I will love the light for it shows me the way, yet I will endure the darkness for it shows me the stars. — Og Mandino

po_Ehrenberg-Erica1Erica Ehrenberg is a graduate of Amherst College and the Creative Writing M.F.A. Program at NYU.  Her poems have appeared in journals and anthologies including The New Republic, Slate, jubilat, Octopus, The St. Ann’s Review, Dancing With Joy (Crown, 2007) and Everyman’s Library Pocket Poets: Poems About Horses (Knopf, 2009). Born and raised in New York City, she has received fellowships from the Fine Arts Work Center in Provincetown and from Stanford University where she was a Wallace Stegner Fellow in Poetry.  She currently lives in Brooklyn and is completing her first collection of poetry, Bruno Goes to the City of the Night to Plead for His Possessions.

Erica Ehrenberg

The most careless girl in the class had the most exquisite body,
the constant proximity of which exhausted us,
not least because her awkwardness,
so unlike ours, manifested itself as a license
to kick off all consciousness of her limbs
like a branch one smacks out of one’s face
in the woods in an act of defiance, almost contempt,
whose ironic outcome was the deepest inhabitation
of flesh I have ever seen.  It was through her body
that I wanted to pass close to the bodies of the boys.

She would take me home with her and all but throw me
into the dark dynamics of her empty-seeming household,
which I felt to be hung with heavily stitched draperies
that concealed not only the rooms but the beings inside.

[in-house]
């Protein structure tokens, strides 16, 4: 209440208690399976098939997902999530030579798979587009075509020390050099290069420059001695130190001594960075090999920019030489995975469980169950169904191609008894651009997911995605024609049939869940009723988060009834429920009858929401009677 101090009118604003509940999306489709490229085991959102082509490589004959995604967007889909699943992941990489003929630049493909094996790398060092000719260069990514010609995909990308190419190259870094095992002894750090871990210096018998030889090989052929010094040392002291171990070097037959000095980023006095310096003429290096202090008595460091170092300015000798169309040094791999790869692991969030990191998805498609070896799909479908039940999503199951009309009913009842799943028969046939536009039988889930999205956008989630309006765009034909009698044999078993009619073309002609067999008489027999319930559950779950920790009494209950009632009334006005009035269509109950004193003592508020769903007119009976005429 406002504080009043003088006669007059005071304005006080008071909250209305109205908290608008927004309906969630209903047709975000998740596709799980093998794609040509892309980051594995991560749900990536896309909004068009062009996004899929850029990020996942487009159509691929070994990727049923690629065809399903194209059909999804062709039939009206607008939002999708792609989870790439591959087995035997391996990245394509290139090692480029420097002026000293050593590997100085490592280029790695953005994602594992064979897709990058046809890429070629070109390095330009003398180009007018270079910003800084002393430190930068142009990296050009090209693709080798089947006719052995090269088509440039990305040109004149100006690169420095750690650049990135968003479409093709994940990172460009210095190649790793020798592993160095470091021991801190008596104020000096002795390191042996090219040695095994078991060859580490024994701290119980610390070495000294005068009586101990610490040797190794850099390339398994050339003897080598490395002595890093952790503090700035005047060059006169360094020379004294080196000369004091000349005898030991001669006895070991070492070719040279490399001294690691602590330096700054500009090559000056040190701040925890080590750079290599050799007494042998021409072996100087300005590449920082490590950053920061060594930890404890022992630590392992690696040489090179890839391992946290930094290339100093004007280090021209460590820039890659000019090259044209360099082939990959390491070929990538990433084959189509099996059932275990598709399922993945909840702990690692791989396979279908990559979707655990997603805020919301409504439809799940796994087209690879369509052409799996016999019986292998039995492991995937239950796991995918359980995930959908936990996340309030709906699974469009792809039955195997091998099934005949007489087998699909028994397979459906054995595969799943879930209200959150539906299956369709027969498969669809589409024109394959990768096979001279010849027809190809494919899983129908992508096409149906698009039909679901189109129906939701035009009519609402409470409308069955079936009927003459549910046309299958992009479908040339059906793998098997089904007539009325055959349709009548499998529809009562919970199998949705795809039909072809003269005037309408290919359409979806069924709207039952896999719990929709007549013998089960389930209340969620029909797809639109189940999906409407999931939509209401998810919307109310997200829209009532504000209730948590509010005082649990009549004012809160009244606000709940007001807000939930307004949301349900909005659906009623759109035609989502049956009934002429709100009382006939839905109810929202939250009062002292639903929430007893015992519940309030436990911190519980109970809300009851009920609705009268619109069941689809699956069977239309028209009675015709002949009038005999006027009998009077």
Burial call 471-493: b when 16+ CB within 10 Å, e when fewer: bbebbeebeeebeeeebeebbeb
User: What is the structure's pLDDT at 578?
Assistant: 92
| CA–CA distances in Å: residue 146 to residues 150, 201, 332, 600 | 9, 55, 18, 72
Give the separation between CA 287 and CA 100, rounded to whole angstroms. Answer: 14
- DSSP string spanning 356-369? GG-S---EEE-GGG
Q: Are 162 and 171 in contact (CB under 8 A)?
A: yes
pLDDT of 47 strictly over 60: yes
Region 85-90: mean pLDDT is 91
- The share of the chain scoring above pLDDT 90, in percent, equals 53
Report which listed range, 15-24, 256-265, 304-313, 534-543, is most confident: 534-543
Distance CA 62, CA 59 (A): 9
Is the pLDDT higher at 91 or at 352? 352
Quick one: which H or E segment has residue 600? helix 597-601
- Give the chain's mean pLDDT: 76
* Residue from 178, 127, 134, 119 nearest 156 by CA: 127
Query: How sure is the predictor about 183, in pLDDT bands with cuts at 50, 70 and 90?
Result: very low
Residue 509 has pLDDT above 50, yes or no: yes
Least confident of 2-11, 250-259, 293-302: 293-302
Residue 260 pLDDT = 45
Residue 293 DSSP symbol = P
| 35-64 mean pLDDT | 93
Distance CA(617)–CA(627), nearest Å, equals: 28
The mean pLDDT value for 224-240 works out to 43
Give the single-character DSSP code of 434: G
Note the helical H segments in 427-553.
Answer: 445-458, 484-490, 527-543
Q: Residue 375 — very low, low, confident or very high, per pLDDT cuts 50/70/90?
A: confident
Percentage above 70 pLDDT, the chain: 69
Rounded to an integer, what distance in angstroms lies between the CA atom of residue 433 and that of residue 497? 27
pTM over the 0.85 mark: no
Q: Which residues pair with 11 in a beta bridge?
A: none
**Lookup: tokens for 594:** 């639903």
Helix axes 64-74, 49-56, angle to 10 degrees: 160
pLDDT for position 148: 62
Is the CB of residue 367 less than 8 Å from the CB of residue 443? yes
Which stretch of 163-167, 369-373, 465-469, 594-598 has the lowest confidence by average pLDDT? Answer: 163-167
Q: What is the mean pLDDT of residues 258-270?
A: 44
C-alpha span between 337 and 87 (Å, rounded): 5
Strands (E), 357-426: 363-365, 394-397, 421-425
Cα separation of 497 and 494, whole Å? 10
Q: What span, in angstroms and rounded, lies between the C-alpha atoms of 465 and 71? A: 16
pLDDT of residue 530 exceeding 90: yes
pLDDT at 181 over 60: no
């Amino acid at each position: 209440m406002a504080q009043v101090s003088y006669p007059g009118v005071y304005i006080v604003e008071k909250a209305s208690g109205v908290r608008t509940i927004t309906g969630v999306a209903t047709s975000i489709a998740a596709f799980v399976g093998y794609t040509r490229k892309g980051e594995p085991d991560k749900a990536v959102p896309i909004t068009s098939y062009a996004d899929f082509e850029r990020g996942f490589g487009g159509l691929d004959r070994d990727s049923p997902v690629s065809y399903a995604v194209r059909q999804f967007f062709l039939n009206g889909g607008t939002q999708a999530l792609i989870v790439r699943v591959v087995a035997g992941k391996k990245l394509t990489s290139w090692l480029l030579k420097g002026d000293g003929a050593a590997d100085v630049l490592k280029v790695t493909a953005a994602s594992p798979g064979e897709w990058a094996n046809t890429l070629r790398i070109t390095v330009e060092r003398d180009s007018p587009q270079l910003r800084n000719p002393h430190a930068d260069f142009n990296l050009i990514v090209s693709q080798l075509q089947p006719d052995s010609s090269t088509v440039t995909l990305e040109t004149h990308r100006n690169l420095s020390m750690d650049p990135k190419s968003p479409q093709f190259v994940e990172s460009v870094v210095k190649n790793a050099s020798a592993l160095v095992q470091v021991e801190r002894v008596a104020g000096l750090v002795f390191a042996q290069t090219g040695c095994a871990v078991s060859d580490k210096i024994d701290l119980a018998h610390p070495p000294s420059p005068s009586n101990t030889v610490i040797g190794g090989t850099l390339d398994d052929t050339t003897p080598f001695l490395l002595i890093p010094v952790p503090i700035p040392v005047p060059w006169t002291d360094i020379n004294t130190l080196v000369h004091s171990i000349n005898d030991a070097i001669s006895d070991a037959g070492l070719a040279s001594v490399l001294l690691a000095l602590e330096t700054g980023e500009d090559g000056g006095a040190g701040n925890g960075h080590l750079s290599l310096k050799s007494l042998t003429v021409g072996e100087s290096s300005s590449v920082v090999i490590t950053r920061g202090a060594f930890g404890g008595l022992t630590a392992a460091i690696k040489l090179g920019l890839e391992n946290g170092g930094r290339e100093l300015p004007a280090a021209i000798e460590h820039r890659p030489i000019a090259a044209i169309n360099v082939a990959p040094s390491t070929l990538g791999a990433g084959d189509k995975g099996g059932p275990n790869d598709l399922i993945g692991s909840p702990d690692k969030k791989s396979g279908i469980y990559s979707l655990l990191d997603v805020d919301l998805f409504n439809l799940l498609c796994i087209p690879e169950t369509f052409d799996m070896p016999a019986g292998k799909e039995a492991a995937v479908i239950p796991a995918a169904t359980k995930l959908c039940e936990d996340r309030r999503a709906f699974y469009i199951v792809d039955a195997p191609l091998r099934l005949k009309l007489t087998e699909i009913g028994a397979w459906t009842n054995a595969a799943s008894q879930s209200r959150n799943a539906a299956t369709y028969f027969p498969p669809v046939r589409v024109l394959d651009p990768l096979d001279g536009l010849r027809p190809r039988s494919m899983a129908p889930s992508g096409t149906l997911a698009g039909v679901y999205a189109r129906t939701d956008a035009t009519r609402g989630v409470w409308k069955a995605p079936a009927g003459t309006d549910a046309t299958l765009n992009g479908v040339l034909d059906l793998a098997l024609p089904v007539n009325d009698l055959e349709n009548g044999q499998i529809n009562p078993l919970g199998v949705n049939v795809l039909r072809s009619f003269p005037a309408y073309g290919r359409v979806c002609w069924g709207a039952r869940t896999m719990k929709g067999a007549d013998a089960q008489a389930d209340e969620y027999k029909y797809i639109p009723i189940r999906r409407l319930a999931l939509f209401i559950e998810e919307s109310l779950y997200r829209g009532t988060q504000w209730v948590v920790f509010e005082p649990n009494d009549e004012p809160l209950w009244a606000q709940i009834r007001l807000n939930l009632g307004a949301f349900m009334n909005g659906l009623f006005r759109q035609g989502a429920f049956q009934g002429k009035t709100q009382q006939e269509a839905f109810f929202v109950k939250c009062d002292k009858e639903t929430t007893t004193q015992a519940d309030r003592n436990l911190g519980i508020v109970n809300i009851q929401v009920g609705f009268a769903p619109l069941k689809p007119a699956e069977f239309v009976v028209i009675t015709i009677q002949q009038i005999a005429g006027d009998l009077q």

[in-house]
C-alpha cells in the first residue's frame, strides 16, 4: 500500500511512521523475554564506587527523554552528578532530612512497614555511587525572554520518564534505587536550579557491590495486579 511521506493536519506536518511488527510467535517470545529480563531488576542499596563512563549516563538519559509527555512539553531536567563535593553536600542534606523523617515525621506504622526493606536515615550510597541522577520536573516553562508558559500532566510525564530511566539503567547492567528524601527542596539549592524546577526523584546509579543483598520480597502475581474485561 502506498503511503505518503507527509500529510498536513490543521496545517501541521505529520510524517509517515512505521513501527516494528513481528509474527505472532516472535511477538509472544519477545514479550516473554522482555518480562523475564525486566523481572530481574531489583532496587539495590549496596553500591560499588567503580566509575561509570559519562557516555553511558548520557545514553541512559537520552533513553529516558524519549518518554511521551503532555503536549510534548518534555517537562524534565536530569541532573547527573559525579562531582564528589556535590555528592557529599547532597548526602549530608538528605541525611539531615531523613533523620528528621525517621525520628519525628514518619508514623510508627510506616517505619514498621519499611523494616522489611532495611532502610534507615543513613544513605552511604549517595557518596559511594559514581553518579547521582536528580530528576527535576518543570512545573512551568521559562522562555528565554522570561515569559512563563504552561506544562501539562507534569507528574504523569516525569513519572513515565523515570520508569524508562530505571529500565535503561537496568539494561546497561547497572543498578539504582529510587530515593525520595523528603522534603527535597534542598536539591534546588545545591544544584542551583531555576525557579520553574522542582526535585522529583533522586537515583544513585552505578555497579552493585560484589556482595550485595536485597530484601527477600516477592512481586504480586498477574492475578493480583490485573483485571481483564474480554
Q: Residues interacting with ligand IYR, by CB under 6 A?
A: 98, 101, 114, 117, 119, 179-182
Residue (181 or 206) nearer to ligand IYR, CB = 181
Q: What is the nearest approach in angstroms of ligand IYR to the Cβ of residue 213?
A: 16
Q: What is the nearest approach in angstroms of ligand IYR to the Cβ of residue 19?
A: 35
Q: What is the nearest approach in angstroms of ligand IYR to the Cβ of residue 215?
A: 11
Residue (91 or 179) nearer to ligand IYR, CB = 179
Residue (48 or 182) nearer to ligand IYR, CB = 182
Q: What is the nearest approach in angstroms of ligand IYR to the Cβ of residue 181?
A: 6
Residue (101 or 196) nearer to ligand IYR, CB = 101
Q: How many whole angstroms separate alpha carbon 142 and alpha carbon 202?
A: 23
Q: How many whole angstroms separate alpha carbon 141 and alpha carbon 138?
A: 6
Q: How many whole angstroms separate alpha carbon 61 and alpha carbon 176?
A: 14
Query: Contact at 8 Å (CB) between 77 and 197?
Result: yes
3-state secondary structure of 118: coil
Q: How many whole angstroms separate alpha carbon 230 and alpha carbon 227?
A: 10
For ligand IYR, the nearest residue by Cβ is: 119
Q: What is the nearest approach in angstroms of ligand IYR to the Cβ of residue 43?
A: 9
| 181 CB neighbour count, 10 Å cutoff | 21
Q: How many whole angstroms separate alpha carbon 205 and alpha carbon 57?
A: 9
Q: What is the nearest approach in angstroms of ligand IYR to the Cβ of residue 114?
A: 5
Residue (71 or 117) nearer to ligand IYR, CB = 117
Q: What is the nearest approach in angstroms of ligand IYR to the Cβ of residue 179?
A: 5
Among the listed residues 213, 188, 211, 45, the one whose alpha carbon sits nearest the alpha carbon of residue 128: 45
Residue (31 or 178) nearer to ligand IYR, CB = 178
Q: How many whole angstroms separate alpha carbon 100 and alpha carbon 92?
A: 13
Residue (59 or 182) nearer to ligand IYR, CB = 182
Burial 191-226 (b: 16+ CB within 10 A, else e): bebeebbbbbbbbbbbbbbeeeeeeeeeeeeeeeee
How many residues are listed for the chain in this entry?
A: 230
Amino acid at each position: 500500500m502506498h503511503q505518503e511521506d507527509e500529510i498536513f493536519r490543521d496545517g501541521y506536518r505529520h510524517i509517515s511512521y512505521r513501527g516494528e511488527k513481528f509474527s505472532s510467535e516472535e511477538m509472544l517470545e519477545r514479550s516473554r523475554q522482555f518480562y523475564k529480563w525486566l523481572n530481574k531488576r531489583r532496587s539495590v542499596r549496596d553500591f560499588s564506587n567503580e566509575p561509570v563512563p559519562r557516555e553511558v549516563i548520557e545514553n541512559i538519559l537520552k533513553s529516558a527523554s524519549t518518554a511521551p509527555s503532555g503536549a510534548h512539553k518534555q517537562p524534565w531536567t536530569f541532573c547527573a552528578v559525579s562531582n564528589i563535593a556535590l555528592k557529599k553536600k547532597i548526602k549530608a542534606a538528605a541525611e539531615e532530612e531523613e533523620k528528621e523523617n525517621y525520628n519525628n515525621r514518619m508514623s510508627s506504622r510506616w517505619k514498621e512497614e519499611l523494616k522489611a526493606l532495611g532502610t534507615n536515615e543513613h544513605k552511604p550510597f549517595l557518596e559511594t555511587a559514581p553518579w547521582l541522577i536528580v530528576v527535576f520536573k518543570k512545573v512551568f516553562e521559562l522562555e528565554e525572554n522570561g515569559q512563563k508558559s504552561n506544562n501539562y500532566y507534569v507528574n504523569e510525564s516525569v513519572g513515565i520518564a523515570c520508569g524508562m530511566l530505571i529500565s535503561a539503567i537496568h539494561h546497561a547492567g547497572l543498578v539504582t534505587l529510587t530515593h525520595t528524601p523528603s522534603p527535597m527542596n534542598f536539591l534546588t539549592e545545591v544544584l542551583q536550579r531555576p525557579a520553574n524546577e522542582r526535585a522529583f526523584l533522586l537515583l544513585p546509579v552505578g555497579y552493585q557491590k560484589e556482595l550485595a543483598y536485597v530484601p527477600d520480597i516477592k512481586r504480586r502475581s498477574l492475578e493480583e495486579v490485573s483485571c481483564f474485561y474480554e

She took me there and spun me into her weird intimacy
in which my own self-consciousness was a pestering
insect— stupid, negligible.  She would speak to people, to men,
to anyone in the streets and walk just as quickly off,
implicating me in the desire she aroused,
her uncontainability streaking through me a blazing
trail of lights from high in the whitest part of my head
down into my lungs, my entrails,
the part of me that wasn’t breathing.


Erica Ehrenberg

When I was young, I had sex
with boys without touching them.
It was very quick and often
happened in English class, like the passing
of an insect through a doorway.
I didn’t know what was going on,
but all the windows would open
and it would be raining.
It had nothing to do with hands, no fingers
grazing over notebooks, nothing like that.
Have you ever walked across a plank
inside a defunct factory? And suddenly,
during the tour, some spigot
pops and a wild pressure of different air
sprays into the room, and you don’t know
whether or not this is an emergency,
but you can see that at one time
the giant machines pushed and boiled and set off
a motion that became a smoke, or a pile
of dust, and the din was loud, and the day outside
went quiet? One or two times
I got in trouble, but this was for not paying attention.
You see, there was nothing suspect,
not a single wayward hair.